By Greg Thomas
I purchased my first Cessna 175 in January 1991 — or rather half of a C-175; my dad helped me with the other half. I had been flying for about 4 years and had about that much experience with airplanes. I loved the speed and performance I would get out of the 175 versus the 150 and 172, the only other planes I had ever flown. Little did I know the plane had such a bad reputation for the original GO-300 engine. We didn’t have Google then.
As time passed, I found myself wanting to move to the tailwheel world. This probably had something to do with my initial flight training taking place in North Pole, Alaska, and seeing all the tailwheels parked on the gravel parking ramp. I had talked with my A&P/IA about doing a tailwheel conversion on the 175 and then doing an engine mod when the old engine finally gave out. In the meantime, I purchased a Luscombe 8A in 2005 to get my tailwheel certification and build some time for insurance purposes. Three years later, N7448M came into the picture.
Wings of Hope had N7448M, this ugly old tailwheel-converted C-175 listed for sale in December 2008. It had a Bolan tailwheel conversion and Horton stall kit. I did the math on what it would cost to convert mine and it was a no-brainer to make them an offer. They accepted so I rented a car one way to St. Louis and set off to get my project. The original logbooks showed it had been involved in everything from commercial flights to skydiving operations. After 6 hours of cleaning ice from fuel tanks and rats nests out of the tail, I added fuel and started it on a nice 3 below zero December day. The old bird seemed to run just fine on 100LL instead of water. Two and a half hours later N7448M found its new home at Cook Airfield (K50).
I flew it for about 100 hours the first year bringing the 1,200-hour TBO engine up to 1,100 hours. I absolutely loved the ugly plane! I started researching the different engine conversions pros and cons. I met Dave Stoots, owner of the Stoots IO-360 STC for the C-175 in the summer of 2009 while serving with the Kansas Air Guard in Alaska. I decided this would be the engine mod for me.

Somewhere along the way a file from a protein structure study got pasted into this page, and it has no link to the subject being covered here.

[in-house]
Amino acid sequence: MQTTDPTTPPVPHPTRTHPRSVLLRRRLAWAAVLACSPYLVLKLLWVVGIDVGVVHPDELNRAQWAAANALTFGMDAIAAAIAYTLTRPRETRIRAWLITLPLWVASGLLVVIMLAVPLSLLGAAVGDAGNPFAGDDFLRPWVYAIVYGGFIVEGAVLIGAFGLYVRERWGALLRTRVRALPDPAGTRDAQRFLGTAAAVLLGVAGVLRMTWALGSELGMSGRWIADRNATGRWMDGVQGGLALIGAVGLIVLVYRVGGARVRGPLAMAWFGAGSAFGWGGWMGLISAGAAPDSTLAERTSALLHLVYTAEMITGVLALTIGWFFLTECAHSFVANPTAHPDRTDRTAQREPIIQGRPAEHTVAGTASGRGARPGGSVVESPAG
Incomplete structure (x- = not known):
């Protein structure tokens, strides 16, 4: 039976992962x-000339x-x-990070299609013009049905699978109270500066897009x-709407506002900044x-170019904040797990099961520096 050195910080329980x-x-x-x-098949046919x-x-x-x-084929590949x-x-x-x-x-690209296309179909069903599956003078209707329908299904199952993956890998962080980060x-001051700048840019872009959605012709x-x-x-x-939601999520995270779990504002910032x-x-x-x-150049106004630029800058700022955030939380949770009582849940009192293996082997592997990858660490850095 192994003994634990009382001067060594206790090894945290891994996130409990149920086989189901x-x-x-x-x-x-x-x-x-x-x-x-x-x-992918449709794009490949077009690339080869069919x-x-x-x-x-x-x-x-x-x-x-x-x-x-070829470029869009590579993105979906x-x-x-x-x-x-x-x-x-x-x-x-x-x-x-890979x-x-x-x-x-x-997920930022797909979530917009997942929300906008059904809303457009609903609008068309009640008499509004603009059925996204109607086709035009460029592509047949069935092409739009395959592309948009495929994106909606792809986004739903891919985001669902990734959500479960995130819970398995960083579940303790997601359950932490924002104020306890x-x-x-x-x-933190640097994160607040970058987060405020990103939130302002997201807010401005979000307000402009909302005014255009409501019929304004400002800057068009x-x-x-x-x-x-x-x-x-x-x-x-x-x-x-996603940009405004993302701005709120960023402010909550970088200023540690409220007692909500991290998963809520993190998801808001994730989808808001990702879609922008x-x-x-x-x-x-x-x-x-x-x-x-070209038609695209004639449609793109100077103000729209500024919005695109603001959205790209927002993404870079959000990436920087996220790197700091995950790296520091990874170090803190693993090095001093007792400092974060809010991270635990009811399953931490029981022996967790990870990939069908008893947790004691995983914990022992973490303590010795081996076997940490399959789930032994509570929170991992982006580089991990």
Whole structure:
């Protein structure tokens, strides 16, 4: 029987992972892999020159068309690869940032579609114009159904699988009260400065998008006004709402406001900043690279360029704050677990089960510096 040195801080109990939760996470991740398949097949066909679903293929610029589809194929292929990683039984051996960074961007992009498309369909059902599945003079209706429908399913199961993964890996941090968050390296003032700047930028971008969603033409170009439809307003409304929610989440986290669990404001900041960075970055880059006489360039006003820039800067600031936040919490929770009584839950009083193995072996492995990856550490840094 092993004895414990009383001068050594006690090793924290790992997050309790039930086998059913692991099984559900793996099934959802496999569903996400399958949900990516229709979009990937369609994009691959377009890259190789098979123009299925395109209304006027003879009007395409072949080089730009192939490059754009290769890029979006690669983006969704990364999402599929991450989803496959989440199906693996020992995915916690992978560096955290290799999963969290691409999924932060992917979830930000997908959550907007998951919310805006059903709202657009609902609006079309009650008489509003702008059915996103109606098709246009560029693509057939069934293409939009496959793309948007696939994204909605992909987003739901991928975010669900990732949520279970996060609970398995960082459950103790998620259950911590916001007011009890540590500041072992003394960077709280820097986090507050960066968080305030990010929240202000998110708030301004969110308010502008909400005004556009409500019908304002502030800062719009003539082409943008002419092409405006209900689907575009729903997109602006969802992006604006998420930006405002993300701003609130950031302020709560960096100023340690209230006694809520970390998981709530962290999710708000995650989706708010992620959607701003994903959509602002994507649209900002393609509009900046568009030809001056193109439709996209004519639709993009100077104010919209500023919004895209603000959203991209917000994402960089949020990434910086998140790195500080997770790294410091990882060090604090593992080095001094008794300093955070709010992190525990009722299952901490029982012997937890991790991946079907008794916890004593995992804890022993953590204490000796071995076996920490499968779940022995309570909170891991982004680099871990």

I had planned to get all I could out of the GO-300 before dropping the big bucks — there was nothing major wrong when it was time to do the first annual. I was contemplating redoing the interior when my A&P/IA friend offered his help to just press on with the engine conversion. Not being one to look a gift horse in the mouth, I called Dave Stoots and ordered the conversion right away. It didn’t stop with an engine conversion, though. There were just too many other cool things we saw it needed if we were going to make a baby 180. After two years of Saturdays we had managed to drain the bank account and add to the old bird.
Completed additions include:
- Stoots Aviation IO-360 engine mod.
- Western Skyways IO-360 A1A 200-hp engine.
- Selkirk Aviation extended luggage and luggage door mod. The luggage door was donated from Deason Aircraft Service.
- MT-Propeller 210-cm constant speed prop.
- New interior, new VFR panel, and new glass.
A final paint scheme was selected in 2013. I had found the scheme on a C-185 in Alaska but decided I needed different colors to better align with my patriotic tastes. After the new paint, I still wasn’t satisfied. This is where Jason with Red House Paints came to the rescue adding a little old-fashioned tail art. Something was still missing. After breaking a tail wheel on a trip home from Oshkosh, I started talking to Alaska Bushwheel and decided on 26-inch tundra tires and new Baby Bushwheel Tailwheel. Now it seemed to be complete, at least for the next 4 years.
I had always been a VFR pilot and never really thought about IFR until I retired out of the military and had a GI Bill going to waste. One year later I found myself multi-engine commercial rated with only a VFR plane. What is a pilot to do? No brainer — drop another $20,000-$25,000 and upgrade the panel.
I am sure in 1-2 years there will be better options out there, but autopilot STCs are limited on the 175, so this is what I decided on. Aspen Avionics E-5, Trio ProPilot autopilot, PAR200 audio panel with remote comm, ICA 220 second comm, Stratus transponder for the ADS-B Out mandate (only because I already had the Stratus 2S receiver), and a Garmin 500 GPS I had on the shelf. Personnel issues at the avionics shop caused me numerous delays and issues. The main issue was right in the middle they decided the Garmin 500 would not fit with the old-style T yokes behind the panel. This caused a last-minute switch to the Garmin 175. I love the 175 touchscreen but had I known beforehand that the 500 wouldn’t work I would have installed either the GPS/comm or GPS/transponder to save space.
There are times I would like to travel faster but I never feel safer than sitting in N7448M. I consistently make 500- to 600-foot takeoffs at gross weight on normal days. Half fuel and by myself, I force it to stay on the ground. It always puts a smile on my face to go up for a biannual with a young pilot, add 20 degrees of flaps, power, lift off in about 350-450 feet and climb out with no indicated airspeed while they are reaching for the yoke!
I am very fortunate to have friends like Justin who helped me build my dream plane. Most of the first VFR panel was done by my friend Jason, another retired vet who now owns Compass Rose Aviation.